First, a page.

- The Washington Times - Sunday, February 2, 2003

Clinton to release some of his records
LITTLE ROCK, Ark. Former President Bill Clinton has waived his right to restrict access to most records of confidential advice during his administration, opening the path for historians to study key decisions in the Clinton White House.
However, Mr. Clinton will not waive attorney-client privilege in matters such as Whitewater and the Monica Lewinsky-Paula Jones investigations.
The records to be released include exchanges among top advisers, staff counsel given directly to Mr. Clinton, and advice from non-staff members regarding domestic policy and appointments. Mr. Clinton would like the records released before his presidential library opens at Little Rock next year.

Bush seeks emergency famine relief
President Bush called for a 25 percent increase in U.S. funding to a total of $1.5 billion to provide famine relief worldwide, prevent hunger and "spare people in many nations from untold suffering."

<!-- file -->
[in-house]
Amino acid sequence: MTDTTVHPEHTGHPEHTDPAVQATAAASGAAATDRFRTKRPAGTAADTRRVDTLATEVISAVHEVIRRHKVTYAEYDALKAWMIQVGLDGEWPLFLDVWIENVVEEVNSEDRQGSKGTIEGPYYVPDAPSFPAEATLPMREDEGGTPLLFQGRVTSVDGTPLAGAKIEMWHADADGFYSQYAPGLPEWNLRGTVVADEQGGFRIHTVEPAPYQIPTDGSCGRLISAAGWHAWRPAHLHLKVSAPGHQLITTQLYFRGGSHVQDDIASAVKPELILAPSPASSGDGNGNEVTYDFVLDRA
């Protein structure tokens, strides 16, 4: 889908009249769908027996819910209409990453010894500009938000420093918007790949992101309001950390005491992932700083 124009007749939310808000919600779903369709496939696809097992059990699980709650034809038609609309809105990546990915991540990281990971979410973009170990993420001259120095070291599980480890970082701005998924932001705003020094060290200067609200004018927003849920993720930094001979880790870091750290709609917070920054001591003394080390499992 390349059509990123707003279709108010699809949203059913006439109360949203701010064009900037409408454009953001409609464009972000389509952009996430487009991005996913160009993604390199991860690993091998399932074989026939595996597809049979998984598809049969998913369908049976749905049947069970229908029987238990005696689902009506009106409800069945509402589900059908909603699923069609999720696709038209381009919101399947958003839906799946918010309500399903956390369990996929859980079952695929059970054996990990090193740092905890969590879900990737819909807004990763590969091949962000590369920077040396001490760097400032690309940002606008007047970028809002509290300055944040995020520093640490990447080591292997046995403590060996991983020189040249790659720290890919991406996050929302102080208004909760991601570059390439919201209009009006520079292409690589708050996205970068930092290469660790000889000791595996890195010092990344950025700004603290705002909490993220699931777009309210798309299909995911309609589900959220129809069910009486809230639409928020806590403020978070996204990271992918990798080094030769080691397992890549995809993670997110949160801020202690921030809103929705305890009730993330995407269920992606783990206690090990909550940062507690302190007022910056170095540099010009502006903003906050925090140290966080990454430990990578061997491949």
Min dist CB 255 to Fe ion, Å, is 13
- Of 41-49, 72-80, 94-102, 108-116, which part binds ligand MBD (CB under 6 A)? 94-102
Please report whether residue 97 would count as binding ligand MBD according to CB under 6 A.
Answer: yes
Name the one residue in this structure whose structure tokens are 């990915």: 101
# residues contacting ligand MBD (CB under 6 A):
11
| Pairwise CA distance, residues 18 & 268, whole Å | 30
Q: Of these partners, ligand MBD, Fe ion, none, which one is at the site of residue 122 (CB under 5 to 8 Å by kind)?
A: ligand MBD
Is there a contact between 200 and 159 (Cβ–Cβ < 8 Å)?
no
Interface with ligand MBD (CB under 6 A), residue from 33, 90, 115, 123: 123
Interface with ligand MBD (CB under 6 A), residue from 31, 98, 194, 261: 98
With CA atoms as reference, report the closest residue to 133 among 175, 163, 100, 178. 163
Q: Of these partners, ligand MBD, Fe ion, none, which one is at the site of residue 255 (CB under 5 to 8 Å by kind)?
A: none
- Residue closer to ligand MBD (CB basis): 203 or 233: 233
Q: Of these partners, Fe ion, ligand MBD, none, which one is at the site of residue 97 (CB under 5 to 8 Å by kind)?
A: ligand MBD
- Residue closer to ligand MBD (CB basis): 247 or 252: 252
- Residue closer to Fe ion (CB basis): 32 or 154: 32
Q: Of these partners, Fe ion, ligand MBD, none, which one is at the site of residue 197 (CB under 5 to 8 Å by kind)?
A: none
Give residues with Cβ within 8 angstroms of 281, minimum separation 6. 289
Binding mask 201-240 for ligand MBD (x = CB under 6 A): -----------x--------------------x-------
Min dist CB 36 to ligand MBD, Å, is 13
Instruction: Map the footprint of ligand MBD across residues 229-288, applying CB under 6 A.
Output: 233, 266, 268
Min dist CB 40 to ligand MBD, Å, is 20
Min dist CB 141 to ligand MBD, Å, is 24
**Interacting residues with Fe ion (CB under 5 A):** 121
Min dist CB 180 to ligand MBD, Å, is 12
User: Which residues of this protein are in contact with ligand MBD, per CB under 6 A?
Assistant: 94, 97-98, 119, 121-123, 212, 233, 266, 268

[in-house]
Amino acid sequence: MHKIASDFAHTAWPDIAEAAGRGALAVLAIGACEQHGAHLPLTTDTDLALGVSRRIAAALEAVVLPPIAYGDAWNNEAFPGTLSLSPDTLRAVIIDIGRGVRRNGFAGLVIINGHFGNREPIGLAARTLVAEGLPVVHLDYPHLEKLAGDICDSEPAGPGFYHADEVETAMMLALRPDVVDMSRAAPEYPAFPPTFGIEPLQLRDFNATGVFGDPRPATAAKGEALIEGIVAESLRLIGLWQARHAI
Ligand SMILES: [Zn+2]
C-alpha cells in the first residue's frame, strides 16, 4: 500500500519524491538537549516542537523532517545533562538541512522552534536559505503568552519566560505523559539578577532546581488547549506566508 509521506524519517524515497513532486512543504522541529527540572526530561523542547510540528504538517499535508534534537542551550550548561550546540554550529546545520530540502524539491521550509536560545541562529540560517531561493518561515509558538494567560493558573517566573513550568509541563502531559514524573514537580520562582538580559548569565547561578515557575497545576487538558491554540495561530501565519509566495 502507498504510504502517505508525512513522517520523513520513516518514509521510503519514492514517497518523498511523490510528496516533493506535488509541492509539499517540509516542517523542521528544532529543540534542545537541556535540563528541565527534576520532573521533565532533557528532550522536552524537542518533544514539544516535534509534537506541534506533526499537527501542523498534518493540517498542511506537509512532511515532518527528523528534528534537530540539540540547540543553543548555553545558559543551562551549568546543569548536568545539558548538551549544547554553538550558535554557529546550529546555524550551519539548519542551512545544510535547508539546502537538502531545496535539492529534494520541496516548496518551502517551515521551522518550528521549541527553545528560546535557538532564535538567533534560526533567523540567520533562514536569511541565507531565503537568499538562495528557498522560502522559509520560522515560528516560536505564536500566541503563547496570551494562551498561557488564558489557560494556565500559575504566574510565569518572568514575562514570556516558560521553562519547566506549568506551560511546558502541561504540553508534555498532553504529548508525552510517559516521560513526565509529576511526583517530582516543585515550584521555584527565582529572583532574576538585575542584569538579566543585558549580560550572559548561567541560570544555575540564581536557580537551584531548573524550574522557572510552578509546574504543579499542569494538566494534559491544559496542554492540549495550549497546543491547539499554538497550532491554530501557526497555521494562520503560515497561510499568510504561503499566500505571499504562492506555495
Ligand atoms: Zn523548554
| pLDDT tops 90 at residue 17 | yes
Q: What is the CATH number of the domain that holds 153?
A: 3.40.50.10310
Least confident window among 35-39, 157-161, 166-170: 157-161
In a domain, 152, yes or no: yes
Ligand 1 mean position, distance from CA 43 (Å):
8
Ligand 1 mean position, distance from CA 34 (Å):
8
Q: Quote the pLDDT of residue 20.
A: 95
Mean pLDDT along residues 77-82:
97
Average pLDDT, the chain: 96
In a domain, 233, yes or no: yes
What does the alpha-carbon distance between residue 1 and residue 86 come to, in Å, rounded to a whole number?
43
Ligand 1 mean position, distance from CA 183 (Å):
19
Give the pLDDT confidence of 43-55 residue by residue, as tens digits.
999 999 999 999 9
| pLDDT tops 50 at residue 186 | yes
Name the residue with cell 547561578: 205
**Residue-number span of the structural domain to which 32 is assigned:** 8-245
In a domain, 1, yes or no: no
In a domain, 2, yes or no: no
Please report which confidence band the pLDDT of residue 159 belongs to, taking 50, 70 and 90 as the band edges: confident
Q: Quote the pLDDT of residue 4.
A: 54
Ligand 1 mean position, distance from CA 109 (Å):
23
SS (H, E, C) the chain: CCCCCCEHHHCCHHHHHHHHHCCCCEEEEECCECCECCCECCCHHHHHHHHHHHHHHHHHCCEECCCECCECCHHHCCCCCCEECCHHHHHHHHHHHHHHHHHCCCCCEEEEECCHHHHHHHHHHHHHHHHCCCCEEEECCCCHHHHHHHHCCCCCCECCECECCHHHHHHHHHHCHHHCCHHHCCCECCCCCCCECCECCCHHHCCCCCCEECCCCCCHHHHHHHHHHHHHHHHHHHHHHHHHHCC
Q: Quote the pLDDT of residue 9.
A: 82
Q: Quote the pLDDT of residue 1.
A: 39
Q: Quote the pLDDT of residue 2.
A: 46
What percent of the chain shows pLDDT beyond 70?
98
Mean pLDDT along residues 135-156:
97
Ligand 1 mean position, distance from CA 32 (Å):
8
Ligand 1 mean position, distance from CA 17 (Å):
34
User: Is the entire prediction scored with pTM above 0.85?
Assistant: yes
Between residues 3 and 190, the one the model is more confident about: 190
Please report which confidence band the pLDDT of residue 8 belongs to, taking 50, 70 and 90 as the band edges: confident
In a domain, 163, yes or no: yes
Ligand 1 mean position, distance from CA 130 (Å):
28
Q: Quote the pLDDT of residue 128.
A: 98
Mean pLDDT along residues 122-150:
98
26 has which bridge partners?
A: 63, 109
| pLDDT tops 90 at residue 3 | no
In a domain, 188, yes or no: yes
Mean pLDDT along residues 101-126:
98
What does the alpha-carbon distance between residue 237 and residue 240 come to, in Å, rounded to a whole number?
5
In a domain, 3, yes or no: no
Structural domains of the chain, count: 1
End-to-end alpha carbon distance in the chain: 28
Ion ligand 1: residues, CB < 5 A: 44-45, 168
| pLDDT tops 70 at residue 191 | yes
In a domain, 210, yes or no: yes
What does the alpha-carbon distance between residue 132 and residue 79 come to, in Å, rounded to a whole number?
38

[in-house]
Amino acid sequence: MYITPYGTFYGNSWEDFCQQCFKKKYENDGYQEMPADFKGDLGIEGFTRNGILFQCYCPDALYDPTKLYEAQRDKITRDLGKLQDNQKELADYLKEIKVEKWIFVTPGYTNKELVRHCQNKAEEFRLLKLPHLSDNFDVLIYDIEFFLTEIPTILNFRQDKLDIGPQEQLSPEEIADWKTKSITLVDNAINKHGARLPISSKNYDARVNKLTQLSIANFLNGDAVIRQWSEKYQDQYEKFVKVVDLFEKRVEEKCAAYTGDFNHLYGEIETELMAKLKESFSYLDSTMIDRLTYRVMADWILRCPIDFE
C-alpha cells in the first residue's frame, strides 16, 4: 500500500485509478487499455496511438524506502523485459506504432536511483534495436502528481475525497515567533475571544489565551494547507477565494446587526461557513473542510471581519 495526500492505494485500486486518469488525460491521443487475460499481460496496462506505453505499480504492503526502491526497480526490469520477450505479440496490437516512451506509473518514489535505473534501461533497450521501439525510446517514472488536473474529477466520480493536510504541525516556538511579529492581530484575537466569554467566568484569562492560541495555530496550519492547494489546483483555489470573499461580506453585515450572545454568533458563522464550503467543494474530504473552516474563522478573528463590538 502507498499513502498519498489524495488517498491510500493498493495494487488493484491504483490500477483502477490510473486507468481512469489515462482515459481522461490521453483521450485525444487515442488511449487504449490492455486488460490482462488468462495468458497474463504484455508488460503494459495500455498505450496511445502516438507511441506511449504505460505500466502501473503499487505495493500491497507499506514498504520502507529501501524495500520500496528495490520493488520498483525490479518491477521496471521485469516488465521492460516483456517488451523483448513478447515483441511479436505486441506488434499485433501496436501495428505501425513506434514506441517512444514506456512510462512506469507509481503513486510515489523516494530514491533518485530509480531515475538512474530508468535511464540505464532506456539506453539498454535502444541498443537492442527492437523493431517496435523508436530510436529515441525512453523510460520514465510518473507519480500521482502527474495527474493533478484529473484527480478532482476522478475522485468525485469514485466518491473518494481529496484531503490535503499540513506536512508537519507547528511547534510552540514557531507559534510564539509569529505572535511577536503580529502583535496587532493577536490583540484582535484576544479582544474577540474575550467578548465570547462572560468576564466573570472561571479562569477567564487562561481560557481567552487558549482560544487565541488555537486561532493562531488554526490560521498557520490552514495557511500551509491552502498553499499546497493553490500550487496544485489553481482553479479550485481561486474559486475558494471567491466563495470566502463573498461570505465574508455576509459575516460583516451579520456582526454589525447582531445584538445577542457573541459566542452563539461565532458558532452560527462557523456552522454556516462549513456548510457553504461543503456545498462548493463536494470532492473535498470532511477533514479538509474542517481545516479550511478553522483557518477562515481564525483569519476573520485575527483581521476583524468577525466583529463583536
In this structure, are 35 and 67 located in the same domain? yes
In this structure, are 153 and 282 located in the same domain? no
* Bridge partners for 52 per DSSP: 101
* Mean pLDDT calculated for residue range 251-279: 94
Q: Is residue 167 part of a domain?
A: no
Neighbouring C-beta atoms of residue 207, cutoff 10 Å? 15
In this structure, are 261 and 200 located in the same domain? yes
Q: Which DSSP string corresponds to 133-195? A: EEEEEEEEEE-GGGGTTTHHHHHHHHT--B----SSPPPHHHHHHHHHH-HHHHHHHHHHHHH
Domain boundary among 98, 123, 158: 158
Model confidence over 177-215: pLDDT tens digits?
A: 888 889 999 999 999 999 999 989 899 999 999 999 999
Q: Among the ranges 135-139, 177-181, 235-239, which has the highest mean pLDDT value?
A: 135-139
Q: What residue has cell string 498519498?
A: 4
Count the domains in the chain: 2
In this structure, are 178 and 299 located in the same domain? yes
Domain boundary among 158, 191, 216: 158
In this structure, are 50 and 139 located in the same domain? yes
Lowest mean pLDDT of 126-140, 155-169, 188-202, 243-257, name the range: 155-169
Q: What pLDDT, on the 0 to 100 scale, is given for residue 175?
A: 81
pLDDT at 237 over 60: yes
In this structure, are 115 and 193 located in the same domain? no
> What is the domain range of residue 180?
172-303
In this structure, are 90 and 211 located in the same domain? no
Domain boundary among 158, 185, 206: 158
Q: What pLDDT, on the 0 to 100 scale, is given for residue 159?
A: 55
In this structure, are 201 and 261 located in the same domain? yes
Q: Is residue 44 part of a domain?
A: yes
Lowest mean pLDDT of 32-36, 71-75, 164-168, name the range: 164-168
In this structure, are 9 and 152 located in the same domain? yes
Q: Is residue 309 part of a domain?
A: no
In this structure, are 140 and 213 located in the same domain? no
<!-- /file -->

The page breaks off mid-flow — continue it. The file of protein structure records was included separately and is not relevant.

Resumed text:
Mr. Bush, in his weekly radio address yesterday, said he would ask Congress to approve $1.2 billion in emergency aid to feed the hungry worldwide in the 2004 budget request he sends to Congress tomorrow.
The amount equals what Mr. Bush requested for 2003. Lawmakers have yet to approve the final amounts, even though the fiscal year began Oct. 1. For 2002, Congress allocated $850 billion for hunger aid.

Fighter's death ruled homicide
SAGINAW, Mich. The medical examiner listed homicide as the cause of death of a Toughman contestant.
But law-enforcement officials said they would not seek criminal charges, noting the bouts are legal in the state.
Scott Wood, 31, of San Antonio died Jan. 24 at St. Mary's Hospital in Saginaw. He was taken to the hospital on Jan. 4, shortly after falling unconscious after winning his bout at Soaring Eagle Casino and Resort in Mount Pleasant. Toughman, a form of boxing in which contestants compete for small cash prizes, has been linked to at least nine deaths since 1979.
Dr. Kanu Virani made the homicide ruling after conducting an autopsy on Mr. Wood.
But Isabella County Prosecutor Larry Burdick said he did not plan to pursue a murder case because Mr. Wood's death was equivalent to a slaying committed in self-defense.
"From what I understand, we have mutual combatants engaging in a legal activity in the state of Michigan," Mr. Burdick said.

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